Following the voluntary dismissal without prejudice of this action as against the FDIC, (Docket No. 8.), the court requested briefing from the parties addressing whether this action should be remanded to state court pursuant to 28 U.S.C. § 1367(c)(3). (Docket No. 13.) Plaintiffs filed a brief in support of remand, (Docket No. 15), and defendants OneWest Bank, FSB, and Deutsche Bank National Trust Company filed a brief opposing remand. (Docket No. 16.) In their brief, defendants argue that some of the state law claims against them are preempted by the Home Owners' Loan Act ("HOLA"), 12 U.S.C. §§ 1461-1470, and that this court has original jurisdiction because of their preemption defense. They also urge the court to retain supplemental jurisdiction even if the court finds that it no longer has original jurisdiction.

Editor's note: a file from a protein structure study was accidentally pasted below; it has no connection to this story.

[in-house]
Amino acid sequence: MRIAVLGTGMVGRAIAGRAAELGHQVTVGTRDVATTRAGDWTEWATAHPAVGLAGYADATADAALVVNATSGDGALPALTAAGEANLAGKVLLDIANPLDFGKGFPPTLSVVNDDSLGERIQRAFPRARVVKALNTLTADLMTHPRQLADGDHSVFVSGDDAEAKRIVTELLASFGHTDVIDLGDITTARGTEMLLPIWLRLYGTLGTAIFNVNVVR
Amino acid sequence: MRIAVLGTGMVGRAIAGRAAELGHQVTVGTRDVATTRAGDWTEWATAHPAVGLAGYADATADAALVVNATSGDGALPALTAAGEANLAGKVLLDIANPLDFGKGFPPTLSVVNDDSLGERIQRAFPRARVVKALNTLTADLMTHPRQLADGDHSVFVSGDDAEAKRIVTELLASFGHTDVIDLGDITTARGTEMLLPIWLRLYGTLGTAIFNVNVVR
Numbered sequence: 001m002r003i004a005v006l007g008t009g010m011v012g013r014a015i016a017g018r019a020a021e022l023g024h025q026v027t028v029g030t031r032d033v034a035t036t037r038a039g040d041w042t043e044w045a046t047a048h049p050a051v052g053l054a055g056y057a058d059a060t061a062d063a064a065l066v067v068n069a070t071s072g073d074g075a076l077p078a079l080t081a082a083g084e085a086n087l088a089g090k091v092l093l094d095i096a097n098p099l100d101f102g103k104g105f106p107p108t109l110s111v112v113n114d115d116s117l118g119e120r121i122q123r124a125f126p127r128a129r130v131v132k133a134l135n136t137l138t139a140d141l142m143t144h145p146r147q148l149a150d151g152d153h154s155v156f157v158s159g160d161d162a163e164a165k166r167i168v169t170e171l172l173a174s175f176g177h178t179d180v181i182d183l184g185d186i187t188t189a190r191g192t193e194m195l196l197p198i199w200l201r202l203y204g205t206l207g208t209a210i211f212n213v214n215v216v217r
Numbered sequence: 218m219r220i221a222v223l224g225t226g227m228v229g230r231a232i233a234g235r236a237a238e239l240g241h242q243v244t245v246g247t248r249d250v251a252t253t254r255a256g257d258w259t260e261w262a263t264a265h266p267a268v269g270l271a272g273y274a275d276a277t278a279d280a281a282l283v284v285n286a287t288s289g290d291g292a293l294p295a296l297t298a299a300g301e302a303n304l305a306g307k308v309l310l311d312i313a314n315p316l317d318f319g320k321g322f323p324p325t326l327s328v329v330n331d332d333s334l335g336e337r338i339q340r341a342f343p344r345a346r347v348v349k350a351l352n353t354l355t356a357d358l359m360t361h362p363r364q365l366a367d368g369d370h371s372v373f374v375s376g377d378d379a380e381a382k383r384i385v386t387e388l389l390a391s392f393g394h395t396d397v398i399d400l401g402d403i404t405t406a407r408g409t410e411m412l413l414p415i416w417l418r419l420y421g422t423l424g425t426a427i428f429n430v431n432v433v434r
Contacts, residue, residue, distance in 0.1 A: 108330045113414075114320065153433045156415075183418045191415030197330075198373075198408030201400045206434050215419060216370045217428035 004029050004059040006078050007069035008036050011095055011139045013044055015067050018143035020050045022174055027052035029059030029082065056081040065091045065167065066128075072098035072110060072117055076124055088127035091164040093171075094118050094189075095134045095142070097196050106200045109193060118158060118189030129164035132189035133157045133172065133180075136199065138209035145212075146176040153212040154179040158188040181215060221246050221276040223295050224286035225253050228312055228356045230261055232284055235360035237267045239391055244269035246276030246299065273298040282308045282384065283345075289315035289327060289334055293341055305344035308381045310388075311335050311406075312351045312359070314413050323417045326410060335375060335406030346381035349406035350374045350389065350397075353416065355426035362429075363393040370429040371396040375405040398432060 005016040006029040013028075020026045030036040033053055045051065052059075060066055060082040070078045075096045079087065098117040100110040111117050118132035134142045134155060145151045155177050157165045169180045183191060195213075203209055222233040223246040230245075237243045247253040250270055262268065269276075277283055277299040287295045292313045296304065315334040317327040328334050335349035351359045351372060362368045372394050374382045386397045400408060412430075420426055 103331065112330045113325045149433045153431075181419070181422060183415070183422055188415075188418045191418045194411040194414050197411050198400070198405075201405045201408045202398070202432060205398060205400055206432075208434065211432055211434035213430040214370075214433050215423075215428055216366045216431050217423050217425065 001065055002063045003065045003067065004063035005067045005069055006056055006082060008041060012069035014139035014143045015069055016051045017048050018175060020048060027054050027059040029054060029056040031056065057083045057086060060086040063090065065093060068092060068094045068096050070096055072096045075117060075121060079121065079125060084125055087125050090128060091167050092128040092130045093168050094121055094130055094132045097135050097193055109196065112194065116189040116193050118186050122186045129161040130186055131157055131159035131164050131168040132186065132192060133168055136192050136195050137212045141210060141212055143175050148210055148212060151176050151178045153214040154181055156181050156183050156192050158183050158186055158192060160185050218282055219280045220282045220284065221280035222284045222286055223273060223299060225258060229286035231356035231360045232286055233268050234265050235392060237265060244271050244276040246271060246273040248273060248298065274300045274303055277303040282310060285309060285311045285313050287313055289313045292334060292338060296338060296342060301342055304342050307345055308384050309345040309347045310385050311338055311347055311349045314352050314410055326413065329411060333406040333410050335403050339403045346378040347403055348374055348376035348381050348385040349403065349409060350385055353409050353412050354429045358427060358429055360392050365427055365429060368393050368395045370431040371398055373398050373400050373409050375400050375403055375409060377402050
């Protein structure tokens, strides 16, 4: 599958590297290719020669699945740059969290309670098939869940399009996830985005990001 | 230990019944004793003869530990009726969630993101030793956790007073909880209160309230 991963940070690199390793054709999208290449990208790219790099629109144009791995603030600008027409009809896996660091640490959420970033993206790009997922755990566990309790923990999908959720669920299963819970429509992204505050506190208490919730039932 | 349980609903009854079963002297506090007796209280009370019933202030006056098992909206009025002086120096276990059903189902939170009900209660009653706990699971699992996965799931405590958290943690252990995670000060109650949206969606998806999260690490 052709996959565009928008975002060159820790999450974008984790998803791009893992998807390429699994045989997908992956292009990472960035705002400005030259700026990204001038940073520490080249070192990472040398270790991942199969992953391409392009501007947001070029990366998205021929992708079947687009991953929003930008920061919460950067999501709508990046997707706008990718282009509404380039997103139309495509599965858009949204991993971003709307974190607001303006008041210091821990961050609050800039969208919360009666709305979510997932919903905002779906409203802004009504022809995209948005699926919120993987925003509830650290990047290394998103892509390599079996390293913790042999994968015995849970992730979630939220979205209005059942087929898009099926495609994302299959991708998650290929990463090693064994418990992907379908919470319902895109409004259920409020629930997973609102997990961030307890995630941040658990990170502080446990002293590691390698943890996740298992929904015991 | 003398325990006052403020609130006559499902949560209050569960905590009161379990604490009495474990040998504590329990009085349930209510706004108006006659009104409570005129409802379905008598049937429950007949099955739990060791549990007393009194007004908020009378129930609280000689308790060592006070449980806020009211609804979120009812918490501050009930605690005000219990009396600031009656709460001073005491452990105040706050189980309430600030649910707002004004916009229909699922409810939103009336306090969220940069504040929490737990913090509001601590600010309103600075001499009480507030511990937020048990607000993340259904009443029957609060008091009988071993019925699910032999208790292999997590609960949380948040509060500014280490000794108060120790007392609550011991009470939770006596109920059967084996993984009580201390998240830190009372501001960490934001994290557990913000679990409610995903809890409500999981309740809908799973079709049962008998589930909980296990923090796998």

A defendant may remove an action filed in state court to federal court if the federal court would have original subject matter jurisdiction over the action. 28 U.S.C. § 1441. Federal courts have original subject matter jurisdiction over "all civil actions arising under the Constitution, laws, or treaties of the United States." 28 U.S.C. § 1331. Here, the Notice of Removal based original jurisdiction on federal question jurisdiction, as the FDIC was a party. See 12 U.S.C. § 1819(b)(2)(A). Following the voluntary dismissal of the FDIC, this ground for original jurisdiction ceased to exist. See Schwartz v. Indymac Fed. Bank, No. 2:10-cv-00516 WBS JFM, 2010 WL 5204305, at *1 n.1 (E.D. Cal. Dec. 15, 2010); Vivo v. IndyMac Bank, FSB, No. CV 09-2555, 2009 WL 1635135, at *4 (C.D. Cal. June 10, 2009); Turner v. Wells Fargo Bank, No. C 05-1126, 2005 WL 1865421, at *3 (N.D. Cal. Aug. 5, 2005). Thus, the court no longer has original jurisdiction unless another ground for jurisdiction exists.